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Old 08-05-2006, 04:05 PM   #1
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How do you start improvising over a new song?

Well, today, I learned another song (Bluesette by Toots Thielemans) and since I improvise all my solo's, I have to learn the chords of the song, so that's obviously the first thing I do. Of course, the song has pretty awful chord changes, which are musically beautiful, but freaking hard to play over, especially in the beginning! It changes keys at least once per four measures, but hey, it sounds great, so I keep going at it. I just started out by improvising using only the arpeggio's of the chords all over the neck, and I've got most of them down. After that, I'm going to learn position by position, and slowly mixing them up

Anyway, what is your approach to learning to improvise over it? Just curious how other guys handle this sort of stuff!
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Old 08-05-2006, 05:48 PM   #2
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Well, to improvise over songs, I would learn the chords and either arpeggiate the chords or find a scale that fits with the whole chord progression. Sometimes I'll follow the chords by using a different scale for each chord, but not often, as I'm too much of n00b at improvising.
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Old 08-05-2006, 06:30 PM   #3
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Deffinately find the roots. Then I make sure I know where all the thirds are, thirds are a good place to end a lick. I also find all the scales that outline those chords, ands their modes. That's the pre-solo.

While im soloing, I'm usually thinking about staying in key, and outlining the chords as much as possible. I usually think numerically. And it always just comes out the top of my head. Like 1-7-9-13-3, if this is what I was thinking over a C major7 chord, then I'd be playing C-B-D-A-E. Of course, you can't just think technically, I also put feeling into it, passing tones, things that I think may sound good. So, instead of playing C-B-D-A-E, I might mix it up and play C, slide down to to Bb, slide up to D, play Ab, bend up to A, and then end on E with some vibrato mixed in. Now, I really exaggerated this, but I was just giving some examples. Another thing i like to do is repeat licks in different keys. This can be done simply by using the same fingering, but sliding it up 3 frets. I also like to repeat licks at different times of the song when the same chord is played, this just gives it a catchey hook. Also, use the same rythm but play different notes. Another thing is inverting your arpeggios. Maybe actually start on the 7th of the chord, and then play the 3rd, and the root. (Note that in an inversion, the root is higher than the 7th).

Well, that's most of what I think about when soloing, hope this gives you an idea or two
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Old 08-05-2006, 06:33 PM   #4
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First up I map out the thirds and sevenths, and see where the best lines are. Then I get the arpeggios of the chords down, and see where the key changes are. After a little while working through that I'm usually comfortable "inside" the changes, so I start seeing where I can go "outside"...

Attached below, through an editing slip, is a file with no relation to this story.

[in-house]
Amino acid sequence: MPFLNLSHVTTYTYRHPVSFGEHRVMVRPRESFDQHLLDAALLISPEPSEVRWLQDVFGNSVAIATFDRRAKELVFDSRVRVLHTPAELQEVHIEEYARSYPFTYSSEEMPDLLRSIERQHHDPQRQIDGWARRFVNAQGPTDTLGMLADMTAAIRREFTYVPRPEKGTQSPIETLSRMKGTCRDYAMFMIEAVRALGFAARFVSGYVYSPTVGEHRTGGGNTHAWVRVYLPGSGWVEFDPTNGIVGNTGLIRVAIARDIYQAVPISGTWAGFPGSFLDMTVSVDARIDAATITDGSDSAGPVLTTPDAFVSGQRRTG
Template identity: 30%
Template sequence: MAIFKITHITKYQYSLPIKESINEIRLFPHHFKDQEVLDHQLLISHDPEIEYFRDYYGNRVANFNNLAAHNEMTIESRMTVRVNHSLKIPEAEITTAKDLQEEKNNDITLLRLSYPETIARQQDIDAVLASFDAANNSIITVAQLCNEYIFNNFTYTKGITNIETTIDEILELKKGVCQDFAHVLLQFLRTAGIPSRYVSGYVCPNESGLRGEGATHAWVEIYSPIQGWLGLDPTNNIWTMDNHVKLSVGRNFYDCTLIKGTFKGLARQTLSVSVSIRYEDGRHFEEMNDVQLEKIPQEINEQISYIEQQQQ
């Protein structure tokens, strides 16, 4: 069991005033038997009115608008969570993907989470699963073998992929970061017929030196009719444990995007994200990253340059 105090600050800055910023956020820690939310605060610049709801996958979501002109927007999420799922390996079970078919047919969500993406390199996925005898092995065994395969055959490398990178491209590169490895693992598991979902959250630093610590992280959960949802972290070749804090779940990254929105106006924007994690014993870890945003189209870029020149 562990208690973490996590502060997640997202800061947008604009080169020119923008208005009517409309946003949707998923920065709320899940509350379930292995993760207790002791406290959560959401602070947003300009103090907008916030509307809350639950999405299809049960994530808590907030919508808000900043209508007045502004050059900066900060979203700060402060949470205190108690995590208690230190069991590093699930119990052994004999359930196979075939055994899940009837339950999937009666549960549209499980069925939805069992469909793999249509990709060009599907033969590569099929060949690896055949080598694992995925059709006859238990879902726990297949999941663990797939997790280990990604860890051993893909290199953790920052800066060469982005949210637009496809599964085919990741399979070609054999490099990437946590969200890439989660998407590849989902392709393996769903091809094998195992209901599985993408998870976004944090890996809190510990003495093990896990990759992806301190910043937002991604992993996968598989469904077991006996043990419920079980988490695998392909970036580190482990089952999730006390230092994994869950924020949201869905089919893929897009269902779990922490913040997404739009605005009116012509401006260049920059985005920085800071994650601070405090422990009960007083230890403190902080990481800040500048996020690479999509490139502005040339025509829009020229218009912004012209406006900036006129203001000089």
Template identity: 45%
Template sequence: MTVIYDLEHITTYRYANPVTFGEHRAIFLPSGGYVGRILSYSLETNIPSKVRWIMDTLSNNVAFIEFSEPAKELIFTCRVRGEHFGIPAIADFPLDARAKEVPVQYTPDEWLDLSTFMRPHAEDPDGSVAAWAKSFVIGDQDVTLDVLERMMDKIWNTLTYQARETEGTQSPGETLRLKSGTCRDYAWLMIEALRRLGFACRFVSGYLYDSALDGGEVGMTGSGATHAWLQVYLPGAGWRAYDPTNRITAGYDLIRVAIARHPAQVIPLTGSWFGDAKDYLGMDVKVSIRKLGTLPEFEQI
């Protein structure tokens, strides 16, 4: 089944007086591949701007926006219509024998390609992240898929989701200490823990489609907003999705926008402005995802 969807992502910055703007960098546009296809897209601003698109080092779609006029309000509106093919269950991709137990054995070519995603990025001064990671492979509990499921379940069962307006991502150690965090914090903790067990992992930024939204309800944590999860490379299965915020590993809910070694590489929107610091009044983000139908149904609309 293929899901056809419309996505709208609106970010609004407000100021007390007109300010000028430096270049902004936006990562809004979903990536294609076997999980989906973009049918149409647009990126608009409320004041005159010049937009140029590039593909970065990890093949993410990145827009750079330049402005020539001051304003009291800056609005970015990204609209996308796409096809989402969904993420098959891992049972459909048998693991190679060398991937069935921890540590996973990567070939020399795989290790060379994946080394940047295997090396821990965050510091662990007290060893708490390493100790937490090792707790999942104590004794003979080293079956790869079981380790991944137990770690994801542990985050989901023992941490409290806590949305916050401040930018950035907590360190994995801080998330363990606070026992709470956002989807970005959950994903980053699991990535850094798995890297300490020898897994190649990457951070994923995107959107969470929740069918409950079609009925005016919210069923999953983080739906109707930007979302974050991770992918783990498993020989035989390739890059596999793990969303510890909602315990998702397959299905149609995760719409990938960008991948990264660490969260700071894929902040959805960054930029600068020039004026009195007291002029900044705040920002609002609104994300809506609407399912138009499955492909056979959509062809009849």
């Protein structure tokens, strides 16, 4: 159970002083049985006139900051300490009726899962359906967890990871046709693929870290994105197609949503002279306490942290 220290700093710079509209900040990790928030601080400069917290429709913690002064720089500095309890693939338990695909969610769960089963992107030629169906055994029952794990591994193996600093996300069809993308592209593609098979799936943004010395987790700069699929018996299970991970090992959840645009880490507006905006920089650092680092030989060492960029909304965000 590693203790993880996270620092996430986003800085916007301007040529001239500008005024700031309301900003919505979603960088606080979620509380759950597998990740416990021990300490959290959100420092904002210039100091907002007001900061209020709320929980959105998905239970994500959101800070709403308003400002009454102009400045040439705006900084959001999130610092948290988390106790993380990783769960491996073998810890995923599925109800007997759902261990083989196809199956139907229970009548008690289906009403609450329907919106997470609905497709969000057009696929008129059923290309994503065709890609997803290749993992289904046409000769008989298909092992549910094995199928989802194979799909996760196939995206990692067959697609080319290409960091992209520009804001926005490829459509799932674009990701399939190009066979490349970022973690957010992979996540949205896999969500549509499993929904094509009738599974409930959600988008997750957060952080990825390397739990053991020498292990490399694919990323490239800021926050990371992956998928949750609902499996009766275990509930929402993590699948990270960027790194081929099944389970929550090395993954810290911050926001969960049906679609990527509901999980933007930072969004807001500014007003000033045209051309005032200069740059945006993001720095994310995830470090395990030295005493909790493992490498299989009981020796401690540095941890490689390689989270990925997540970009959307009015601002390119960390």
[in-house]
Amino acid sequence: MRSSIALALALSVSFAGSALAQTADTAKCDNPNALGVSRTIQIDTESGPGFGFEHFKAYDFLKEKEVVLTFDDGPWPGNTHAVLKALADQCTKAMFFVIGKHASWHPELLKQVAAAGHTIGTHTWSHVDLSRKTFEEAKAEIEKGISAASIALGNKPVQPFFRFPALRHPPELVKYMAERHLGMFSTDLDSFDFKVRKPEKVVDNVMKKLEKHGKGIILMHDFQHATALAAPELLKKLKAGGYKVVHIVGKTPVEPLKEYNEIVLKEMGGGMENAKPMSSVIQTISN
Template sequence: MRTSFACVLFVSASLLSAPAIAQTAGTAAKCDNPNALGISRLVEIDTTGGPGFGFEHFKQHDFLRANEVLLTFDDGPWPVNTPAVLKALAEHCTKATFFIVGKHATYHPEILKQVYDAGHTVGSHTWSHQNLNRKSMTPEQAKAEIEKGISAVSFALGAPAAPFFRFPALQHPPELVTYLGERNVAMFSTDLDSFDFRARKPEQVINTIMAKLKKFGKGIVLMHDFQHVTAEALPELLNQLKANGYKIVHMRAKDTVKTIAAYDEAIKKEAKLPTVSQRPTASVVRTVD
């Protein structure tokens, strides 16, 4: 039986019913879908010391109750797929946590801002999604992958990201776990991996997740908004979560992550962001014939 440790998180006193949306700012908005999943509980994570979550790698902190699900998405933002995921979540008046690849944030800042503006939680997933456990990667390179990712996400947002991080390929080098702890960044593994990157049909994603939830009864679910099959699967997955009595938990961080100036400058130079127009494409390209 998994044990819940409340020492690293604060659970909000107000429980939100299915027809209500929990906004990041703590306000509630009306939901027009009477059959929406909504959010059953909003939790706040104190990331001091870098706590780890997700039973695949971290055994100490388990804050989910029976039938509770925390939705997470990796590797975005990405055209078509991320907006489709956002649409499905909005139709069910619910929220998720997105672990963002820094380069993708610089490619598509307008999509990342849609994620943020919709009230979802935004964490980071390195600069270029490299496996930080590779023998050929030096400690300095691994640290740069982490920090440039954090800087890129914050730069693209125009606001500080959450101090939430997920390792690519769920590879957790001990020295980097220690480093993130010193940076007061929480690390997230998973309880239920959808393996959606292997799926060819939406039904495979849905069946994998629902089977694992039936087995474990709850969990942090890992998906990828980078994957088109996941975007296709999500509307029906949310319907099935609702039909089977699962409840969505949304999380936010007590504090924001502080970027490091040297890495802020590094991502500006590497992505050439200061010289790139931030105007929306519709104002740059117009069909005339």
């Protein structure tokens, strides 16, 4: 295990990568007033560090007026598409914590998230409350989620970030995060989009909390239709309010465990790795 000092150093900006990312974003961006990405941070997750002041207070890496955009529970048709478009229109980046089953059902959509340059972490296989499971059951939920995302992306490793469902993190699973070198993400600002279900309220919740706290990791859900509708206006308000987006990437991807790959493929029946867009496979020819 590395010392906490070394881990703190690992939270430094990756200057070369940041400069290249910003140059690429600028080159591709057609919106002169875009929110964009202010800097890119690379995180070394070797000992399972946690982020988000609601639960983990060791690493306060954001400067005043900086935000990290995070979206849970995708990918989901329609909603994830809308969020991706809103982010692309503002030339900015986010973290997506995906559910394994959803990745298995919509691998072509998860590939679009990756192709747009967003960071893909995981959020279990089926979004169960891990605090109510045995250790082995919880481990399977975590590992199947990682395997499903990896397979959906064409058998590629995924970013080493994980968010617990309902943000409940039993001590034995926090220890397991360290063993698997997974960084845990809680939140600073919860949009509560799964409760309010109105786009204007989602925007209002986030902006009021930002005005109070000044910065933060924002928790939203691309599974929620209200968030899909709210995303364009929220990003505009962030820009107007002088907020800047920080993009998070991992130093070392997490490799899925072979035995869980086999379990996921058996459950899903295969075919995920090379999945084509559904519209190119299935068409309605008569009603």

Ideally, I would be able to get all of this down in my head or notated quickly in about five minutes so I could do it right the first time, but I'm not at that level yet.

edit: well, with basic rock songs that are 5 or 6 chords I usually can do pretty well the first try: it's jazz songs that I'm referring to.
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Last edited by psychodelia : 08-05-2006 at 06:43 PM.
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Old 08-06-2006, 01:14 AM   #5
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i start by looking at the chords and see if they have a common key i can use. if so, i just kinda take that scale and use it. but i make sure to hit the root of the chord im playing over at least once or twice, and also try to hit other strong notes for the mode of that chord. so like if im in E minor, if i have a B minor chord then it would be phrigian so i would hit the b2 in there to emphasize the mode a bit.

if a chord goes slightly out ofthe diatonic key, i try to find a scale that is as close as possible to the other scale im using and still sounds good. so if im playing in E minor and emphasizing the modes, i might use E harmonic minor over a chord that has a D# in it. if the chords are all over the place and hard to relate to one another, i usually go for just hitting chord tones and notes that sound good as extensions over each chord. so basicly that changes over each chord and im really just moving with the piece. i kinda suck at doing that without much planning, so it doesnt always sound good.
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Old 08-06-2006, 01:19 AM   #6
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Elven, c'mon I thought you knew all I was wondering why I recognized that chord progression on guess that chord or whatever. .. . and why it reminded me of jazz band, turns out I played that song at the Texas State Fair. .. . . and I remember also why I hate that song so badly. I was just surprised that you would actually pose a question. . . . sorry, a post out of the shock.

I realized you were just asking everybody elses approach, so it really isn't a question of theory or anything of relevance.
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